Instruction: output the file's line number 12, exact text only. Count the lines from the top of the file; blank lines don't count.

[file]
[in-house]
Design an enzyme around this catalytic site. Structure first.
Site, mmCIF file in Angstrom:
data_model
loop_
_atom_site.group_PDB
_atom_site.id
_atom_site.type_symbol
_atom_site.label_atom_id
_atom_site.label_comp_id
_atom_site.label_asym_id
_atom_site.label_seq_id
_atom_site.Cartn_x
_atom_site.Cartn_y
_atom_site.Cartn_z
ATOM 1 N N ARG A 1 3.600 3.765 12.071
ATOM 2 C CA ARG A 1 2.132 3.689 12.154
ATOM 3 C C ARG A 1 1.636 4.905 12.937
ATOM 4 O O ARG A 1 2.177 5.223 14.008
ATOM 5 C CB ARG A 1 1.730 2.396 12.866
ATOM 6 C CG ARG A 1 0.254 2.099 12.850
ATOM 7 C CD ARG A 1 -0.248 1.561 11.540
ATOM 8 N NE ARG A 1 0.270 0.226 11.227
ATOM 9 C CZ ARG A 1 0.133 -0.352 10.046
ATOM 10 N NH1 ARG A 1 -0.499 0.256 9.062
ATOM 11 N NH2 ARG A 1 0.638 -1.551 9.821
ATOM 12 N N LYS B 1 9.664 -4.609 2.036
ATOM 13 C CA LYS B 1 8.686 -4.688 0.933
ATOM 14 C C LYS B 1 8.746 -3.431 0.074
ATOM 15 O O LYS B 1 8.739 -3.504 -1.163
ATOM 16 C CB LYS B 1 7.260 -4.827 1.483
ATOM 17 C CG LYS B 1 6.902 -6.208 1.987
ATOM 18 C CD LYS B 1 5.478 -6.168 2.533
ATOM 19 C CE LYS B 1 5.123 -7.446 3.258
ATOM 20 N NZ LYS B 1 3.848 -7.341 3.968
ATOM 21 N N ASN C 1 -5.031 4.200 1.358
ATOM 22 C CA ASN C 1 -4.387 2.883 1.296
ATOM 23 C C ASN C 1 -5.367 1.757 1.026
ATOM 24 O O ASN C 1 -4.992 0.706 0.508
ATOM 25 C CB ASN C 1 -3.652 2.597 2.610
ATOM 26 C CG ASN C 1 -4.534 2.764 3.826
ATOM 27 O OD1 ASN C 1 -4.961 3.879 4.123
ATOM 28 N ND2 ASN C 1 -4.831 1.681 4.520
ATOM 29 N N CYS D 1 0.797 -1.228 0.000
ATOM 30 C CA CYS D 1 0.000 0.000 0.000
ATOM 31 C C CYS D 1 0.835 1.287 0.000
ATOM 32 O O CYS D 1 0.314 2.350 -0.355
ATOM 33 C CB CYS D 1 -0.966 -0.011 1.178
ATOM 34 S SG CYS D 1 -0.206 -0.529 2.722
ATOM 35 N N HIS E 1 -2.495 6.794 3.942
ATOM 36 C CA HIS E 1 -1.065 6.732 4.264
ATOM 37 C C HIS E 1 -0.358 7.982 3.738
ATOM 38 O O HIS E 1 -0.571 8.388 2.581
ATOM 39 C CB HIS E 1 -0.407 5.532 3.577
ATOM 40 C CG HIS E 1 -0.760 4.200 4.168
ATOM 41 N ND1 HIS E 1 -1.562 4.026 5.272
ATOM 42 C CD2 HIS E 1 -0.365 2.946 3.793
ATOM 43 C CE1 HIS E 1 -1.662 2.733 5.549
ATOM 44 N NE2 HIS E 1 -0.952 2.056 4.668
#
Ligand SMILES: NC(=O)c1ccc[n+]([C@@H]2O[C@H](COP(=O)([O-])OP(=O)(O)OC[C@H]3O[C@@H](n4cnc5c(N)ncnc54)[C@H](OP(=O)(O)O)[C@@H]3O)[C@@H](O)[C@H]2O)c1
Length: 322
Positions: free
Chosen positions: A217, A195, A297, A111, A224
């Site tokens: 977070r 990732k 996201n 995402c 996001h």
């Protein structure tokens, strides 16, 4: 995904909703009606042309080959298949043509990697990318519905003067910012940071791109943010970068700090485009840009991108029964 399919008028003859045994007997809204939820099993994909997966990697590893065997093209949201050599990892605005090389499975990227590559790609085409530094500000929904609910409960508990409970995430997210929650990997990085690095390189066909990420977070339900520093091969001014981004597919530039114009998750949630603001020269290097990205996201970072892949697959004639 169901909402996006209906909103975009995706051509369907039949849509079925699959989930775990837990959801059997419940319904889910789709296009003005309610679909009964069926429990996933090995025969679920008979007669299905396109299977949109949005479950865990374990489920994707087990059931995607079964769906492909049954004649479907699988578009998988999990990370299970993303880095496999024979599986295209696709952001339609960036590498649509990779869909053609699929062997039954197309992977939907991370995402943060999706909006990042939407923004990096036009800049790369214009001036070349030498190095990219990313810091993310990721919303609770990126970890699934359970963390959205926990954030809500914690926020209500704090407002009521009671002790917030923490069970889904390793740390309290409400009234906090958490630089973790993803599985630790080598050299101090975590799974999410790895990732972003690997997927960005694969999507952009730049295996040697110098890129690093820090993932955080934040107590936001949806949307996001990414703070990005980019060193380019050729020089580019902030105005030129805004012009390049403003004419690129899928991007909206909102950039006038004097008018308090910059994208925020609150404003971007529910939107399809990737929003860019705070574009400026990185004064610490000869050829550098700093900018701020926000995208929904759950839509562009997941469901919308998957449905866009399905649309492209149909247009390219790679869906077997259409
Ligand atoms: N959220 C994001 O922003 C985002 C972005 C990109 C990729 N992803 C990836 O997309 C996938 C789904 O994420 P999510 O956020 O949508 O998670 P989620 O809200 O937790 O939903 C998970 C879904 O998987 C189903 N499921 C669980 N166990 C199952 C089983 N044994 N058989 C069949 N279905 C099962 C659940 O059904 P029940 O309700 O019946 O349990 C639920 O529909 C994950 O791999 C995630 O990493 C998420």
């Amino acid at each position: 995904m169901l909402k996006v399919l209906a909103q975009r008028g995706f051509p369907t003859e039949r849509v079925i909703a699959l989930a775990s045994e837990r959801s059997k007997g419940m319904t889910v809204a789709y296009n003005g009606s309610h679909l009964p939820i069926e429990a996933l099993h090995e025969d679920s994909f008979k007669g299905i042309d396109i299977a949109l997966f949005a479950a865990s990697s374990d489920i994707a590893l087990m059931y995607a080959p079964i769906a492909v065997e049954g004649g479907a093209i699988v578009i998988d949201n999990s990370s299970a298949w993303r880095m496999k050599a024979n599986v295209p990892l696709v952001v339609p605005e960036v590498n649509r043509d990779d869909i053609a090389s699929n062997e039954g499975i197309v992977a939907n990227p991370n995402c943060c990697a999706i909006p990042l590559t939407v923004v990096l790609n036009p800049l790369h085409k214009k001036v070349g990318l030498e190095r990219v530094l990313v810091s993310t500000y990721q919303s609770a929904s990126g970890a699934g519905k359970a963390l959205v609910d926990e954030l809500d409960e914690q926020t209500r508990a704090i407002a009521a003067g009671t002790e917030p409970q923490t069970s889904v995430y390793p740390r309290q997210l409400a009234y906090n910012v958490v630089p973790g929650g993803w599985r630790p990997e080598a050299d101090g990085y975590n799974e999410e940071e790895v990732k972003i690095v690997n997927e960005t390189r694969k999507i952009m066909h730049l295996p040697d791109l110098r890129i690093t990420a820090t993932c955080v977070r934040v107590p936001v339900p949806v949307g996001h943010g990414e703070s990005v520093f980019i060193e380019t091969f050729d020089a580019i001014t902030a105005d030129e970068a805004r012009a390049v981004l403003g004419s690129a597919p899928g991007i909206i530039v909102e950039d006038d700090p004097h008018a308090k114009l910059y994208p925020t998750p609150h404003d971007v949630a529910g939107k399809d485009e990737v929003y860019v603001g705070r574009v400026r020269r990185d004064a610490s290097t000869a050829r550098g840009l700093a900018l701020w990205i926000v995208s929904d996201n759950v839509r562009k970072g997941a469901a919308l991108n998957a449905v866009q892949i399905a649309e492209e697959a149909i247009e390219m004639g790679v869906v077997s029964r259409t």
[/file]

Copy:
_atom_site.label_seq_id